Why is this important? Base-loads can vary substantially from building to building. A data centre’s base-load could account for 98% of its usage, only varying slightly in extreme hot and cold conditions or when its capacity is increased. A retail store will have a reasonably low base-load with a lot of additional variability driven by fluctuations in footfall and of course, heating and cooling demand, throughout the year.

The point I’m trying to make is that if you are going to divide by degree days, you need to isolate the consumption that is responsive to heating and cooling demand and ignore the rest. So how do we do that?

Linear regression analysis

Not only do you get to impress your boss or client by saying “you’ve run the data through a linear regression model” but this approach is incredibly useful for understanding building performance. It’s where the true value of degree day analysis lies. In very simple terms, it’s a scatter plot with degree days on the x-axis and consumption on the y-axis, with a trend line thrown in for good measure. You should get something like this.


Linear regression analysis produces three core metrics that tell you all you need to know about your building. The full extent of what these metrics can be used for could be a blog in itself, perhaps it will be, but for now, I’ll try to provide an overview that should be enough for you to start generating some ideas for your own analysis.

The Intercept

In statistics, this is the point at which the trend line ‘intercepts’ your y-axis. In the world of energy efficiency and building performance, it’s your base-load, the usage that occurs regardless of external drivers. In this example, it’s somewhere between 2,000 and 2,500 kWh. So that’s approximately 2,250 kWh of usage a month allocated to base-load.

Multiply your intercept by 12 and work out what proportion of your annual usage it accounts for. Is it what you expected? If it’s much higher than you anticipated it could be that your heating or cooling system is running flat out and actually makes up part of your base-load.

Divide your intercept by the floor area of each building and analyse this metric across your portfolio. Is there a reason why some sites have a much higher intercept per m2 than others? How significant is the spread? Can you explain or justify the outliers?

R2 value

This value explains how well correlated your data points are, or how strong the relationship if between the two variables. In the example above, approximately 78% of the variation can be explained by degree days. A perfect correlation (R2 score of 1) would be every data point sat on the trend line. The space between the data point and the trend line is the other influential factors at work. If they are particularly influential, this will lower your R2 score. Anything below 0.7 and you’ll need to reconsider using degree days as there is too much external noise.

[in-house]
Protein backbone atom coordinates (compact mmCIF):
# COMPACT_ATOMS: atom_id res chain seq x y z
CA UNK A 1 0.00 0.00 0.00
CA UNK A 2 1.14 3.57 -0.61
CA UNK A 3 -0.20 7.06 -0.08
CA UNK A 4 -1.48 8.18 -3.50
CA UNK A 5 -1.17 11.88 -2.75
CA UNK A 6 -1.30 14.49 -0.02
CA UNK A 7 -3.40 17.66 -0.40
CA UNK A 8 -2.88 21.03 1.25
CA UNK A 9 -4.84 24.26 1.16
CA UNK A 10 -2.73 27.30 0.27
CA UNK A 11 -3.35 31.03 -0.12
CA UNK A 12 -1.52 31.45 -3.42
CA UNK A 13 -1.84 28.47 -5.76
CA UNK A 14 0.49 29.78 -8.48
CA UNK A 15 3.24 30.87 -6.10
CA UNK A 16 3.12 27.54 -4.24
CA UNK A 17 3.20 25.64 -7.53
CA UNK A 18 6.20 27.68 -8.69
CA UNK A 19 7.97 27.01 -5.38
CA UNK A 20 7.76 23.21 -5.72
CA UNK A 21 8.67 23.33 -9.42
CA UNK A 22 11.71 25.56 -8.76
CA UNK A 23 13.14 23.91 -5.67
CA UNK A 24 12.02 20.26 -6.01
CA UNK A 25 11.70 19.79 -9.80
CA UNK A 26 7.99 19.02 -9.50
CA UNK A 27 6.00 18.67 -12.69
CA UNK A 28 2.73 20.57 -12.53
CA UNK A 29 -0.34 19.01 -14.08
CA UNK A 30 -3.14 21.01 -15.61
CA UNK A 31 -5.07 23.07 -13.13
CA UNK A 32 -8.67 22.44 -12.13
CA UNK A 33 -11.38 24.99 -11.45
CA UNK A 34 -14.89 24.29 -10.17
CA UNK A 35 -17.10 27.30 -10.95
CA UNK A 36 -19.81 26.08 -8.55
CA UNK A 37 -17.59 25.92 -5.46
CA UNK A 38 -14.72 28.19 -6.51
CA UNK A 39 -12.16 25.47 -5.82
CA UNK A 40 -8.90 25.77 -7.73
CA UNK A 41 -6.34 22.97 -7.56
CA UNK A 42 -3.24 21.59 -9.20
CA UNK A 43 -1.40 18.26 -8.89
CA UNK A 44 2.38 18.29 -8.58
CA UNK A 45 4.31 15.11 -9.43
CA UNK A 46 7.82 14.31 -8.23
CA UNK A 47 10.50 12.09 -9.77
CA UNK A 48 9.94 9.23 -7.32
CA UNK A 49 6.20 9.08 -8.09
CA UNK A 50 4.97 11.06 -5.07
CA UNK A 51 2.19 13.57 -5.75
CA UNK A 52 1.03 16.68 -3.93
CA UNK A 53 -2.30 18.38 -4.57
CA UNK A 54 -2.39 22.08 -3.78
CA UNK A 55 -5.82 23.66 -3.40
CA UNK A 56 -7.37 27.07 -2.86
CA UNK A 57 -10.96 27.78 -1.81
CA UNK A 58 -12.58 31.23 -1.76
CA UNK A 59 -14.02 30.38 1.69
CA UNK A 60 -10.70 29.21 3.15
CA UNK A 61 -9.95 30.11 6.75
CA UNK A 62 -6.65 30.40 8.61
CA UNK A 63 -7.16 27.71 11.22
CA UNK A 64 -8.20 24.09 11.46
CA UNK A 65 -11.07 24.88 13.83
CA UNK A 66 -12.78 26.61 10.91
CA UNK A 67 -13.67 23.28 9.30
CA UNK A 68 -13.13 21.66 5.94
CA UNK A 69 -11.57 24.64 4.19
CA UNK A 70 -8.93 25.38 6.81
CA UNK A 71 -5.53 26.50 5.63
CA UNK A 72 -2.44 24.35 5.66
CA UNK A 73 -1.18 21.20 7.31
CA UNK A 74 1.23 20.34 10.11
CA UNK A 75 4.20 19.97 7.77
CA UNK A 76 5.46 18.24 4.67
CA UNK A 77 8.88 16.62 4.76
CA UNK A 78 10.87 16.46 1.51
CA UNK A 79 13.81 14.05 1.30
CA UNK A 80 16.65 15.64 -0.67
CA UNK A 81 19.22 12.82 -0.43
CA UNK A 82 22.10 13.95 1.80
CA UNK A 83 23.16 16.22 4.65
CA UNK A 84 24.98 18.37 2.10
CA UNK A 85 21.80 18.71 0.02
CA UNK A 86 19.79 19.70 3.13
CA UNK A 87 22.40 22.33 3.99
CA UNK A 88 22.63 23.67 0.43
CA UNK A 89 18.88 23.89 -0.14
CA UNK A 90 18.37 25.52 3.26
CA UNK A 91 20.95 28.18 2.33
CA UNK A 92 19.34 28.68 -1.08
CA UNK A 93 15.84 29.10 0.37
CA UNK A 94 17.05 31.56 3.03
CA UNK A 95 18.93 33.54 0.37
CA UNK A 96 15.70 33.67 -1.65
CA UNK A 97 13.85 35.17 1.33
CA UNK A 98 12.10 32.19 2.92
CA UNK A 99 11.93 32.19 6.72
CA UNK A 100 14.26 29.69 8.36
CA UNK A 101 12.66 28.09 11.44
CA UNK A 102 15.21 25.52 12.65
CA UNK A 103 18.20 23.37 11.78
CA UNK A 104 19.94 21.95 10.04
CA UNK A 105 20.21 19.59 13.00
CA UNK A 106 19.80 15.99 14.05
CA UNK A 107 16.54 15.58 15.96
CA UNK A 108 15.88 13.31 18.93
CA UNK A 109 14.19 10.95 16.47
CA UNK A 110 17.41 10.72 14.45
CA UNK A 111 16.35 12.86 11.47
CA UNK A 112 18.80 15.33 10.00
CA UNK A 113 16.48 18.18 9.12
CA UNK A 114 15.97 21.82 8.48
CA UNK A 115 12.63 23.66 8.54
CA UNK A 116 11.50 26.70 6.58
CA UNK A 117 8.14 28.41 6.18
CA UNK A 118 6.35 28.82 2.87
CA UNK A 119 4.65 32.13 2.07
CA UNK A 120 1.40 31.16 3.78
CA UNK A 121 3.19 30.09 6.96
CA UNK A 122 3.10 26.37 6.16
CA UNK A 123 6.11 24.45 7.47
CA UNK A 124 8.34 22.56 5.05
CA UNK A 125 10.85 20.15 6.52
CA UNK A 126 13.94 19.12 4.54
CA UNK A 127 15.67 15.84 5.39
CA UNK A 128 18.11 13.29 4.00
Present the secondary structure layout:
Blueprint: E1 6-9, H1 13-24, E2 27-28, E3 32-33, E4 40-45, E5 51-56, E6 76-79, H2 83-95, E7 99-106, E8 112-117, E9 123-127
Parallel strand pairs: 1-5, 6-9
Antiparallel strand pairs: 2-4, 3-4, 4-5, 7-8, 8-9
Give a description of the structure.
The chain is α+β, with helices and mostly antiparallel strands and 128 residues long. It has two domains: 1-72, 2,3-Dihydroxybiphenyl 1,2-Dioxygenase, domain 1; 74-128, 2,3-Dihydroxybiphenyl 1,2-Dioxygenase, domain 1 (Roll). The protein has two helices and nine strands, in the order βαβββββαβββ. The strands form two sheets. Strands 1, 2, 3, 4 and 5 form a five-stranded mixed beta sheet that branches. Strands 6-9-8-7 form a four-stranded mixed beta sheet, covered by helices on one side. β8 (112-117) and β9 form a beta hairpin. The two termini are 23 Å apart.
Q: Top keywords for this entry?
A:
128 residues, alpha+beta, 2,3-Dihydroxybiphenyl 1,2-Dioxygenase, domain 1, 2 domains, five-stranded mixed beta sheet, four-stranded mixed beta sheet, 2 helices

You can also easily identify any anomalous months and dig into those a little deeper. Is there a reason why they don’t follow the general trend? What else is influencing energy consumption?

A strong correlation is not a badge of honour! There could be other factors such as the business metrics we covered earlier that should be influencing usage, but aren’t. An example would be an office with highly variable occupancy that heats and cools the space regardless of how many people are in the building. If this building used a more efficient demand-based control strategy, the R2 may be weaker but the building is more efficient.


The steepness of your trendline indicates how responsive your building is to fluctuations in degree days. The steeper the line, the more responsive. This statistic has the potential to tell you so much about your building. Understanding why some seemingly similar buildings have different slope values can uncover substantial energy-saving opportunities.

Let’s revisit our restaurant example. You might want to segment your portfolio into building types; shopping centre, new build, listed buildings etc. Are there clear differences in the slope between building type segments? Are there any outliers? A less efficient building might have a more severe slope.

A personal favourite technique that can be used for all three metrics is to analyse change over time. Create a rolling 12-month calculation of intercept, R2 and slope, then try to identify both gradual and step changes. Is there a point at which your intercept increased for no apparent reason? Has your slope steadily increased over the past couple of years indicating your building is becoming more responsive to changes in weather? Why?

The importance of Context

Energy consumption data alone doesn’t provide you with enough information to make informed decisions, you need context. To re-use the dieting analogy, tracking energy usage is the equivalent to measuring your weight. You know it’s changing but you don’t know why. Degree day data is your caloric intake from meals or your calories burned during exercise. It helps you understand what’s causing the change.

The problem is, building performance variables and business metrics are incredibly difficult to get hold of. You’ll no doubt face data privacy issues, the data itself will be incomplete or the resolution isn’t granular enough. Or more commonly, they’re metric you need isn’t being measured at all. You plan to add sensors and additional monitoring technology but it’s far too expensive and you can’t form a concrete return on investment.

The beauty of degree day data is that it’s so universal, widely available and incredibly reliable. You can go back years, decades in fact, and assess changes in performance over time. What other metric allows you to do that?

I’d like to hear what other uses you have found for degree day data. You can find me on Linkedin or get in touch by email at